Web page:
As Covid-19 cases rise, various districts in Bulgaria take new measures

A number of districts in Bulgaria are taking further measures in the face of the rising number of cases of Covid-19.

In the district of Plovdiv, where the infection rate is now 270 per 100 000 population, the number of Covid-19 beds at 20 hospitals is being increased as of March 15.

For the time being, the district headquarters decided not to stop the planned admission of patients and consultations for women and children.

A statement said that at most hospitals in the Plovdiv district, it was possible to separate the flows of patients, but if the situation worsens, a further decision may be made.

The regional crisis staff ordered that at restaurants, music may not be louder than 85 decibels. The statement said that the aim was prevent restaurants – which under anti-epidemic measures must close at 11pm – being turned into discos.

In the Veliko Turnovo district, now also a “red zone” for Covid-19 infections, scheduled admissions to hospitals and scheduled surgical operations have been suspended, as have visits to hospitals.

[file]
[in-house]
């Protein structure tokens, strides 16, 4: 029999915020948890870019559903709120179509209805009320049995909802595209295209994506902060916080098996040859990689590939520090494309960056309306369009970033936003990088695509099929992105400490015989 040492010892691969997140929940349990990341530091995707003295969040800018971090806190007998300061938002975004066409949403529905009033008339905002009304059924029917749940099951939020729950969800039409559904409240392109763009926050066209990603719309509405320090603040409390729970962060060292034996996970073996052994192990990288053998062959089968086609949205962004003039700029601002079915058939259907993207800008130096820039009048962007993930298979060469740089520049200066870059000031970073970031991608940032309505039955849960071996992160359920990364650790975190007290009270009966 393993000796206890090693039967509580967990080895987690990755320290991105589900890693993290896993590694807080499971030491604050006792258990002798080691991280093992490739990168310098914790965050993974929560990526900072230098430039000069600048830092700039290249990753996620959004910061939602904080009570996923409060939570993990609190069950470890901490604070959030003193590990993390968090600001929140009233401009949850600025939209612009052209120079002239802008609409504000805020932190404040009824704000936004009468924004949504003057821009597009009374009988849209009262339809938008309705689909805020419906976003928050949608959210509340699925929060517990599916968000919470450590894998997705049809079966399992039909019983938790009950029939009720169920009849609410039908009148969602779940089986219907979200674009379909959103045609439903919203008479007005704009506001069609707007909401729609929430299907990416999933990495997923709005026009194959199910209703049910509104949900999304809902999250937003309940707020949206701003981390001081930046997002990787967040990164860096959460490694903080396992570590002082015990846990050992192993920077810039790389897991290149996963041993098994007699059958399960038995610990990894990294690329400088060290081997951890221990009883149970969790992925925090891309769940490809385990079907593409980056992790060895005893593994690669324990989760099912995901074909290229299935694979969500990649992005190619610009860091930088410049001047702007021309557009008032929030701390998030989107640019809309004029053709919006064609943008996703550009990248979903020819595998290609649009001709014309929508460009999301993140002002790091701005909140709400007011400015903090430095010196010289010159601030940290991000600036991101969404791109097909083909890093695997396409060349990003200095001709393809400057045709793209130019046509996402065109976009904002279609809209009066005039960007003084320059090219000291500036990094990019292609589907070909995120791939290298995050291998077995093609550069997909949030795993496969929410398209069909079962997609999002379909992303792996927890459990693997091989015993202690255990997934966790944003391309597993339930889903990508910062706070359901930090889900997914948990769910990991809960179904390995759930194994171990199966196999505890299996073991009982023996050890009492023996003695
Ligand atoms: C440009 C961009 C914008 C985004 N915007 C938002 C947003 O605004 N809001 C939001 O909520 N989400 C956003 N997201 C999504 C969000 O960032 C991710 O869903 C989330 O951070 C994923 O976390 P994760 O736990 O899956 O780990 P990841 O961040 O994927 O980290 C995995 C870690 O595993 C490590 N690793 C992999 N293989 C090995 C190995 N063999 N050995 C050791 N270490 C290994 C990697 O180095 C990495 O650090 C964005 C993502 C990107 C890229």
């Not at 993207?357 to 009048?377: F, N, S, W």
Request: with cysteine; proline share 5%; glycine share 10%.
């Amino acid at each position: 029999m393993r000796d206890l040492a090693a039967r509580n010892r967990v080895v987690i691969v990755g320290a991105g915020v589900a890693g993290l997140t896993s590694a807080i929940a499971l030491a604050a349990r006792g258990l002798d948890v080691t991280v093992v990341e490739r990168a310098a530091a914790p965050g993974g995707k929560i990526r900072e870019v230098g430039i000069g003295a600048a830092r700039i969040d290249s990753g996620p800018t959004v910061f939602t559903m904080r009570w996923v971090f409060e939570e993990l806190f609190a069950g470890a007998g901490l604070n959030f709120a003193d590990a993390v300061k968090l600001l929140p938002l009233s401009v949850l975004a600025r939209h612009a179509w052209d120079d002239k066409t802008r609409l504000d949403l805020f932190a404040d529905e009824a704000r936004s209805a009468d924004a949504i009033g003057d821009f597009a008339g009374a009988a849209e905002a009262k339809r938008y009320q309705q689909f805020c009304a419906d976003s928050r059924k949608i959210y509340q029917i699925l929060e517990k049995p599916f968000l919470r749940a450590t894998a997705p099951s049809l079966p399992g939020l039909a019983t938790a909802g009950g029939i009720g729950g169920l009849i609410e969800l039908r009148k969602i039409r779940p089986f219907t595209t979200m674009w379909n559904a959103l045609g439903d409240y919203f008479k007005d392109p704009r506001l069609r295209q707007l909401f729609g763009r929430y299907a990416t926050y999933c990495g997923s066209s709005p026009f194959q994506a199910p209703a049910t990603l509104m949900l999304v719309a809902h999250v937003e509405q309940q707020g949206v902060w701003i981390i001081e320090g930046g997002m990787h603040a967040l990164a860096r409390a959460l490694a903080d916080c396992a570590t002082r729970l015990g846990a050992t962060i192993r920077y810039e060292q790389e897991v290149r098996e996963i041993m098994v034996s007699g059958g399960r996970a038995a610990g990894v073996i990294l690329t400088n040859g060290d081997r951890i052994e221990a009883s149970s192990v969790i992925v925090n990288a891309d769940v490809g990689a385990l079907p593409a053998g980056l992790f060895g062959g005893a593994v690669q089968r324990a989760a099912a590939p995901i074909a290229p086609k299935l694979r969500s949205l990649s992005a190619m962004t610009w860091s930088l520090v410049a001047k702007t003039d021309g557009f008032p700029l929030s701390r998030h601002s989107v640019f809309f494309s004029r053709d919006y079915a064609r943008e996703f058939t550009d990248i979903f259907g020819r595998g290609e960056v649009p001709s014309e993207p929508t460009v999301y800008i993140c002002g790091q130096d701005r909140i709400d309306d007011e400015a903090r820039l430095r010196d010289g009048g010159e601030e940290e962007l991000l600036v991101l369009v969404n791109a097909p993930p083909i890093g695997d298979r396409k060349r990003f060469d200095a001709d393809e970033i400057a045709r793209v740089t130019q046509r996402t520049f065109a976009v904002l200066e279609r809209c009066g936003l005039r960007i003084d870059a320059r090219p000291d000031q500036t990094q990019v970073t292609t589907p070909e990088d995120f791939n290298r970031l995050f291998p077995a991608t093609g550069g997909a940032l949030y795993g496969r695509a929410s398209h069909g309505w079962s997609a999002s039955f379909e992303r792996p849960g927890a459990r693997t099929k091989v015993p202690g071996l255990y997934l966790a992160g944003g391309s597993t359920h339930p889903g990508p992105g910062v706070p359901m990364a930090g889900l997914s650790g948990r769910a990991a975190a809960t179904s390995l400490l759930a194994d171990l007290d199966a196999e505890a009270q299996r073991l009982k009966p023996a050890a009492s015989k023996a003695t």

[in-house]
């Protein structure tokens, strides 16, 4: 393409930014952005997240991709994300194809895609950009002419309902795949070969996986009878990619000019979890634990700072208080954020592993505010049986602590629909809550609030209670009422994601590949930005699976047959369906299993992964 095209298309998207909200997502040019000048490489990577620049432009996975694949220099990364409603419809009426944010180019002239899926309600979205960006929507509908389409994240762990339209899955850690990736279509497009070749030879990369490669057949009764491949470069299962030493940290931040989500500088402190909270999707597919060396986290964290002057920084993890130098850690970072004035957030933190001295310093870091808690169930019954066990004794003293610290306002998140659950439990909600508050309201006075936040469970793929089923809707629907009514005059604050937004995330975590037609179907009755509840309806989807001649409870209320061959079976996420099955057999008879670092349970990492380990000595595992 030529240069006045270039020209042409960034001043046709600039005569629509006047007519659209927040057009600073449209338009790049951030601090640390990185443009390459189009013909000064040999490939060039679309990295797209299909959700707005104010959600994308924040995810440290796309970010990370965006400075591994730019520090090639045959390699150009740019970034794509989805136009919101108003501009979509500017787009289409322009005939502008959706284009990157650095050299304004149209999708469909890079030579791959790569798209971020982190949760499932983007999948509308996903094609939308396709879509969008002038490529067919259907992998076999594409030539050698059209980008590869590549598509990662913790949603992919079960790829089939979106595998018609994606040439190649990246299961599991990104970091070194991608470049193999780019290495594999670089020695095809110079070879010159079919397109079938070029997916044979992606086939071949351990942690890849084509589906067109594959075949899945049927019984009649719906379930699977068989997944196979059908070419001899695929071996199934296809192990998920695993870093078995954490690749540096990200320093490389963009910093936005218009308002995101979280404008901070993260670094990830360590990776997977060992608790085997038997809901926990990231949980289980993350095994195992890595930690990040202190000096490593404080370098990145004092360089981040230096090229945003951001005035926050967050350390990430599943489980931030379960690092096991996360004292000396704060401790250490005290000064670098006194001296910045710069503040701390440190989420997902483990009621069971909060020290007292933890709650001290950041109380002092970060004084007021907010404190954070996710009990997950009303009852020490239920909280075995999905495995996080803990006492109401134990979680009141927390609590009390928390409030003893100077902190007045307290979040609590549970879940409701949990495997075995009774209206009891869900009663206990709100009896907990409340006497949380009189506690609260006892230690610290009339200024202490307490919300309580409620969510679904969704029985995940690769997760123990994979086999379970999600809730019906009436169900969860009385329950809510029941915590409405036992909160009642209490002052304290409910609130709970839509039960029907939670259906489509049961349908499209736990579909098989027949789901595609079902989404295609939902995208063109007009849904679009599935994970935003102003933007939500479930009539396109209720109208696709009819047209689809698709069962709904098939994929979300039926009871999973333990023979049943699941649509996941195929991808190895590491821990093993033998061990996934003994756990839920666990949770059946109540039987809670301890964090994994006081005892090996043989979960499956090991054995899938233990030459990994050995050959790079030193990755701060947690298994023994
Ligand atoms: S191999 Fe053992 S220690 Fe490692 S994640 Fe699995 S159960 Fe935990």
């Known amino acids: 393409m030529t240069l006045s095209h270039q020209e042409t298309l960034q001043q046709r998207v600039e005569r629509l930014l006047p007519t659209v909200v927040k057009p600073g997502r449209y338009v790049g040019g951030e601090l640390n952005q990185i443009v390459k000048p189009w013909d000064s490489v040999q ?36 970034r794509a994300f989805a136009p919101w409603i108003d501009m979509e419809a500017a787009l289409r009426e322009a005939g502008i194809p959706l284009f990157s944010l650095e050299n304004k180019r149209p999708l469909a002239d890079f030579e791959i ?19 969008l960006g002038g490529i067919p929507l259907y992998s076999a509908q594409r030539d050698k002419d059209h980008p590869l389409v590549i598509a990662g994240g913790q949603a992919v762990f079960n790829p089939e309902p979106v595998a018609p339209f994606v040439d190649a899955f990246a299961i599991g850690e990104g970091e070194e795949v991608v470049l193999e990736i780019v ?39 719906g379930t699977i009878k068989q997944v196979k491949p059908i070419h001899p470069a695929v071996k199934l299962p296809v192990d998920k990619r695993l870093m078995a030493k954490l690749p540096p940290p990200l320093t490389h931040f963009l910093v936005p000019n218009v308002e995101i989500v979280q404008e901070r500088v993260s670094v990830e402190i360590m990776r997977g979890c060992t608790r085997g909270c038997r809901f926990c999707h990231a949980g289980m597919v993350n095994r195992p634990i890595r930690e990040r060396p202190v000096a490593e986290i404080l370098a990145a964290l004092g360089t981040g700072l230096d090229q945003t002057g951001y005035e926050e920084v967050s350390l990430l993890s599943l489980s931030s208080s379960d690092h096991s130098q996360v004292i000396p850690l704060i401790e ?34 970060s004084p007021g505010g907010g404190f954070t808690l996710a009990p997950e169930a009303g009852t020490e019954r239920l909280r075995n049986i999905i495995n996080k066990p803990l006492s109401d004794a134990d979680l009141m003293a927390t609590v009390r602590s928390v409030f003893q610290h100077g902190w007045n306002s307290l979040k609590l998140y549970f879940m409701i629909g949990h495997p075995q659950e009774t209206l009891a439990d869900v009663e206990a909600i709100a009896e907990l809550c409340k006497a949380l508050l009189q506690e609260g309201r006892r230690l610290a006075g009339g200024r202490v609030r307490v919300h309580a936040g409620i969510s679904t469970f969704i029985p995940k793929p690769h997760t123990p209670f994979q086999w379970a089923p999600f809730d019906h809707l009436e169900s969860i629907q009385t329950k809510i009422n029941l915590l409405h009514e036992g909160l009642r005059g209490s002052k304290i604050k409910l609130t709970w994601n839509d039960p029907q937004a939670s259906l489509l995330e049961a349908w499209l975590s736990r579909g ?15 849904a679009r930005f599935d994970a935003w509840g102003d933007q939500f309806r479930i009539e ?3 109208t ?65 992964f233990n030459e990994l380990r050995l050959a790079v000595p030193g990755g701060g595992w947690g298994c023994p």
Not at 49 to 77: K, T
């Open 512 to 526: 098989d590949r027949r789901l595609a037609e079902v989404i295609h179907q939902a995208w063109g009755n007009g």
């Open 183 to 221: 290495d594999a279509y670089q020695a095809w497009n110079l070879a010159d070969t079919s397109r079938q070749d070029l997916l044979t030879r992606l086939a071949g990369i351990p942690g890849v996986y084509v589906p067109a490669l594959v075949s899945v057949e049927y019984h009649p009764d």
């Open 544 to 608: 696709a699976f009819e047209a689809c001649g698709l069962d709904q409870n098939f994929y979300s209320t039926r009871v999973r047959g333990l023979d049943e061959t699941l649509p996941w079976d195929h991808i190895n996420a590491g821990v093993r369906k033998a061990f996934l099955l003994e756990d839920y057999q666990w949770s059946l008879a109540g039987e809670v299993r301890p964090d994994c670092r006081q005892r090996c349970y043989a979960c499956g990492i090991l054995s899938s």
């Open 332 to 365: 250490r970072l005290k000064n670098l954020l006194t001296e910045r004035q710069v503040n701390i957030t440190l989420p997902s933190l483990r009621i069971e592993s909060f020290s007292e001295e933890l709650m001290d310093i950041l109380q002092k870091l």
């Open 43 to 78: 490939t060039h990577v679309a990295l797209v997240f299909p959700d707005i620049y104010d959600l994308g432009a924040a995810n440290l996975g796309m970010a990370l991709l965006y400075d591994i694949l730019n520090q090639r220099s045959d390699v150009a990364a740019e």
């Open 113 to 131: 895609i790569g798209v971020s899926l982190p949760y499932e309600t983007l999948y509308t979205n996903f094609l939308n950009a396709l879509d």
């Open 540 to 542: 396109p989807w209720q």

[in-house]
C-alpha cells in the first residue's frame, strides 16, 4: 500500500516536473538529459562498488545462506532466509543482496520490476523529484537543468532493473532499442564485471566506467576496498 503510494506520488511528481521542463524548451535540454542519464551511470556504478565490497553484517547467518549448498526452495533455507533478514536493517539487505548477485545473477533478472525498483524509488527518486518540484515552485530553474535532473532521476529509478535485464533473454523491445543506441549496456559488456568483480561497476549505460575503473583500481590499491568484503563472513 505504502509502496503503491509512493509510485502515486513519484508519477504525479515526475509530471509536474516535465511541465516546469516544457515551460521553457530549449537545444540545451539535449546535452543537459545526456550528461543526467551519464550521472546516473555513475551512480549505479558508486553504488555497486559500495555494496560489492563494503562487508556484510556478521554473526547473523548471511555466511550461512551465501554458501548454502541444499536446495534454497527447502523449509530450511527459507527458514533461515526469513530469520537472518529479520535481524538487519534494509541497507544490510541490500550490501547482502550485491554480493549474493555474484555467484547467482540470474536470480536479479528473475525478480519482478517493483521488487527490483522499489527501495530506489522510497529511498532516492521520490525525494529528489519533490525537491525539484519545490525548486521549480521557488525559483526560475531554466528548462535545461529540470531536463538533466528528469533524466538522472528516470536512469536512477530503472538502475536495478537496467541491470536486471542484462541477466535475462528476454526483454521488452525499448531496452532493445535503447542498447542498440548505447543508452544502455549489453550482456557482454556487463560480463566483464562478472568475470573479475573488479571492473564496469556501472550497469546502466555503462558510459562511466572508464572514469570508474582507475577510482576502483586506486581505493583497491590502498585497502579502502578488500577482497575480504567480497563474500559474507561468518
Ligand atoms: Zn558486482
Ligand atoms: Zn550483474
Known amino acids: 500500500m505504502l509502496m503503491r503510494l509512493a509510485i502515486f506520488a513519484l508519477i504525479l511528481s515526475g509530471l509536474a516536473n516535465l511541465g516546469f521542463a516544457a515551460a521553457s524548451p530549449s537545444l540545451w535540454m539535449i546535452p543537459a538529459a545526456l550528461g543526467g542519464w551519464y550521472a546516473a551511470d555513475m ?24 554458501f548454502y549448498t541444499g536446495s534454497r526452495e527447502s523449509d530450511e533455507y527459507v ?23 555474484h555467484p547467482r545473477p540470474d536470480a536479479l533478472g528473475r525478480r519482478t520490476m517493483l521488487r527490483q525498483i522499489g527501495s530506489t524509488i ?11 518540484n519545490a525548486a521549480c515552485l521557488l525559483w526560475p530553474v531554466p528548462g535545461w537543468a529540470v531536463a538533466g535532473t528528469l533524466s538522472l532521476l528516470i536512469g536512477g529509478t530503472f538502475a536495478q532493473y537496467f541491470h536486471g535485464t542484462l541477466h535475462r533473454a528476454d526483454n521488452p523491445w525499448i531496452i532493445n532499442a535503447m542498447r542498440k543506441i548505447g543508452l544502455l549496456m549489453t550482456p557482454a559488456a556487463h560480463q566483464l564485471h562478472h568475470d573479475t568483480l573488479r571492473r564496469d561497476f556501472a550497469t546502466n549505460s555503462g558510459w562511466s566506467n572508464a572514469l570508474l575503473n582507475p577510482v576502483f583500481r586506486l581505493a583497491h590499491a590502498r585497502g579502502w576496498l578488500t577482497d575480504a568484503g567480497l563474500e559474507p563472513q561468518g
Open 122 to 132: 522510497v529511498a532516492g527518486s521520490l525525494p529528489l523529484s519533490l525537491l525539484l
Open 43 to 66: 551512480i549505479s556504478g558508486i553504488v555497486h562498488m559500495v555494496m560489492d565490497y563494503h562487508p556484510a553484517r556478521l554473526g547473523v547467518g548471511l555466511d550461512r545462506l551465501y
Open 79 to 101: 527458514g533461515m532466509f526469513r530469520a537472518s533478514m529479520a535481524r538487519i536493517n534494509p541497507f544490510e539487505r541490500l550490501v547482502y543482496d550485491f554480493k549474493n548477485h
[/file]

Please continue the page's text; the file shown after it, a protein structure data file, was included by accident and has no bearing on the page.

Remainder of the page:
The district of Sliven has suspended admissions to hospitals and planned operations at all hospitals until further notice.

Earlier, the Blagoevgrad district suspended all admissions and operations at hospitals from March 8 to 22.

There is an exception for activities related to transplantation of organs, tissues and cells, diagnosis and treatment of patients with oncological and oncohematological diseases, assisted reproduction and childbirth activities, rehabilitation activities, long-term treatment and psychiatric care.

Visits to hospitals in Blagoevgrad are banned, except for visits to patients who are terminal.

In the Pleven district, admissions and operations to hospitals are suspended from March 11 to 22.

Protective masks must be worn indoors and outdoors during mass events such as markets and concerts. The district asked parents of young children to take care of them at home, to limit attendance at kindergartens.

(Photo: Lotus Head/

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The Sofia Globe staff

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